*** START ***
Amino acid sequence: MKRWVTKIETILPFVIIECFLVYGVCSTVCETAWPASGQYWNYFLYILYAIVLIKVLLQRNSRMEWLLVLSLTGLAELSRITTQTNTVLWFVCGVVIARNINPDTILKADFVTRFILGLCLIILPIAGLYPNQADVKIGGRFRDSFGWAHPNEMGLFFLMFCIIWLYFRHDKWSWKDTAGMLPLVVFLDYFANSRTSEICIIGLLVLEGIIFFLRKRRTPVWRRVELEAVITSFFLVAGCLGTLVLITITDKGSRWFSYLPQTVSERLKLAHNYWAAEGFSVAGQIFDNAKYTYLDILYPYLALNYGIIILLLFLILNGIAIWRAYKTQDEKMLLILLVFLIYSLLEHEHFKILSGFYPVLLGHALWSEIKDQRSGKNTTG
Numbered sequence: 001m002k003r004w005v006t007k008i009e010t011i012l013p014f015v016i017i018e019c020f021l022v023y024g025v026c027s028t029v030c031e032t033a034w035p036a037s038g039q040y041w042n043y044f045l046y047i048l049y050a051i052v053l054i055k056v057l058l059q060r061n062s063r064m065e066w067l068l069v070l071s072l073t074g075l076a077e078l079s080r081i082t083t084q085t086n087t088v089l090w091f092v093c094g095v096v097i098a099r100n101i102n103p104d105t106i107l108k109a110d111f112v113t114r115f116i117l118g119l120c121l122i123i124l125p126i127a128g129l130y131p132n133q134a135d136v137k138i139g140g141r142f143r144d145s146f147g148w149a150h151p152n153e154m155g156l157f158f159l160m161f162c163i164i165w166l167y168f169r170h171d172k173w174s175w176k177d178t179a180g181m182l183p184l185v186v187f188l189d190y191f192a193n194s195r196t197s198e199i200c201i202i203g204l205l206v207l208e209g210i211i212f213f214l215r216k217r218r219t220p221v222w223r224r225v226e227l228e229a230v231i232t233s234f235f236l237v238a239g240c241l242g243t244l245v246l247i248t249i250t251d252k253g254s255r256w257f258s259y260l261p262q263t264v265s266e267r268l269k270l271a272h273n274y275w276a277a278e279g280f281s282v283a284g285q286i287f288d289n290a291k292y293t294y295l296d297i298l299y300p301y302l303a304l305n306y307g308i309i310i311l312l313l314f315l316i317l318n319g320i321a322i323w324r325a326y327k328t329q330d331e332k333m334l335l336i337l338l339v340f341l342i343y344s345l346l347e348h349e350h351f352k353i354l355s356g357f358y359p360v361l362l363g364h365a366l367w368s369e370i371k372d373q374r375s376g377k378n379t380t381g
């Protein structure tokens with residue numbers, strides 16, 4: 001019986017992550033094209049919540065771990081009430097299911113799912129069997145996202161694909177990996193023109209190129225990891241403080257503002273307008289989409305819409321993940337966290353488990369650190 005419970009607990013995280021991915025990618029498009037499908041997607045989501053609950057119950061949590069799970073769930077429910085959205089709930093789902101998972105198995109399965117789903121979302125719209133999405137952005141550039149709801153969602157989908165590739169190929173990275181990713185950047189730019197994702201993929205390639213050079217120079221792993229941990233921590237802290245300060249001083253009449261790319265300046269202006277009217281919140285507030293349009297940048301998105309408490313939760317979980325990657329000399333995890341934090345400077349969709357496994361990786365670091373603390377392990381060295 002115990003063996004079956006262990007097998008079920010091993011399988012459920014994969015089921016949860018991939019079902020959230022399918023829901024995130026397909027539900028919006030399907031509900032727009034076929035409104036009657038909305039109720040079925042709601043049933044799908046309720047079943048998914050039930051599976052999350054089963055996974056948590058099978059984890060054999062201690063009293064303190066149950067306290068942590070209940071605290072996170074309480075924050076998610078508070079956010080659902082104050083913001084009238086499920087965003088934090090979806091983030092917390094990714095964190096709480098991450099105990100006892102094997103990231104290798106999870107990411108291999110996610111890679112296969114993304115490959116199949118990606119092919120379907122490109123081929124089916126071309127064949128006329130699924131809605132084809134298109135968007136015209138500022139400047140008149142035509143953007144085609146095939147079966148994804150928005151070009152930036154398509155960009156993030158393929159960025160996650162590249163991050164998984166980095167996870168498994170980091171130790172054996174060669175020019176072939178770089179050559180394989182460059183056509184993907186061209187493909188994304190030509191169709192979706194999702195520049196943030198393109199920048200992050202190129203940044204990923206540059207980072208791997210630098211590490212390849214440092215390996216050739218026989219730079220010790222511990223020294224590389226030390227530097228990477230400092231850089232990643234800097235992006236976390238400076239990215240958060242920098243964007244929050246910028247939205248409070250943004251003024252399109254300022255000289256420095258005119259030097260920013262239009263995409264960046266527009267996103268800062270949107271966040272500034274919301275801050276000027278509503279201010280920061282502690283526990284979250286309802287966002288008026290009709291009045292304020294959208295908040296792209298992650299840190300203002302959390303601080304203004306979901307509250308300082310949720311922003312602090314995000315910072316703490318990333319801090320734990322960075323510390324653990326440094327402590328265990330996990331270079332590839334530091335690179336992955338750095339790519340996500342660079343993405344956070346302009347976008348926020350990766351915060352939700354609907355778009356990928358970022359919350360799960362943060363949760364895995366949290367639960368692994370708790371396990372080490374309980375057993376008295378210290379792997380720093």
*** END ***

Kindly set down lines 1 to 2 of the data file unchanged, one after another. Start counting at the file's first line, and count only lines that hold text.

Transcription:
Amino acid sequence: MKRWVTKIETILPFVIIECFLVYGVCSTVCETAWPASGQYWNYFLYILYAIVLIKVLLQRNSRMEWLLVLSLTGLAELSRITTQTNTVLWFVCGVVIARNINPDTILKADFVTRFILGLCLIILPIAGLYPNQADVKIGGRFRDSFGWAHPNEMGLFFLMFCIIWLYFRHDKWSWKDTAGMLPLVVFLDYFANSRTSEICIIGLLVLEGIIFFLRKRRTPVWRRVELEAVITSFFLVAGCLGTLVLITITDKGSRWFSYLPQTVSERLKLAHNYWAAEGFSVAGQIFDNAKYTYLDILYPYLALNYGIIILLLFLILNGIAIWRAYKTQDEKMLLILLVFLIYSLLEHEHFKILSGFYPVLLGHALWSEIKDQRSGKNTTG
Numbered sequence: 001m002k003r004w005v006t007k008i009e010t011i012l013p014f015v016i017i018e019c020f021l022v023y024g025v026c027s028t029v030c031e032t033a034w035p036a037s038g039q040y041w042n043y044f045l046y047i048l049y050a051i052v053l054i055k056v057l058l059q060r061n062s063r064m065e066w067l068l069v070l071s072l073t074g075l076a077e078l079s080r081i082t083t084q085t086n087t088v089l090w091f092v093c094g095v096v097i098a099r100n101i102n103p104d105t106i107l108k109a110d111f112v113t114r115f116i117l118g119l120c121l122i123i124l125p126i127a128g129l130y131p132n133q134a135d136v137k138i139g140g141r142f143r144d145s146f147g148w149a150h151p152n153e154m155g156l157f158f159l160m161f162c163i164i165w166l167y168f169r170h171d172k173w174s175w176k177d178t179a180g181m182l183p184l185v186v187f188l189d190y191f192a193n194s195r196t197s198e199i200c201i202i203g204l205l206v207l208e209g210i211i212f213f214l215r216k217r218r219t220p221v222w223r224r225v226e227l228e229a230v231i232t233s234f235f236l237v238a239g240c241l242g243t244l245v246l247i248t249i250t251d252k253g254s255r256w257f258s259y260l261p262q263t264v265s266e267r268l269k270l271a272h273n274y275w276a277a278e279g280f281s282v283a284g285q286i287f288d289n290a291k292y293t294y295l296d297i298l299y300p301y302l303a304l305n306y307g308i309i310i311l312l313l314f315l316i317l318n319g320i321a322i323w324r325a326y327k328t329q330d331e332k333m334l335l336i337l338l339v340f341l342i343y344s345l346l347e348h349e350h351f352k353i354l355s356g357f358y359p360v361l362l363g364h365a366l367w368s369e370i371k372d373q374r375s376g377k378n379t380t381g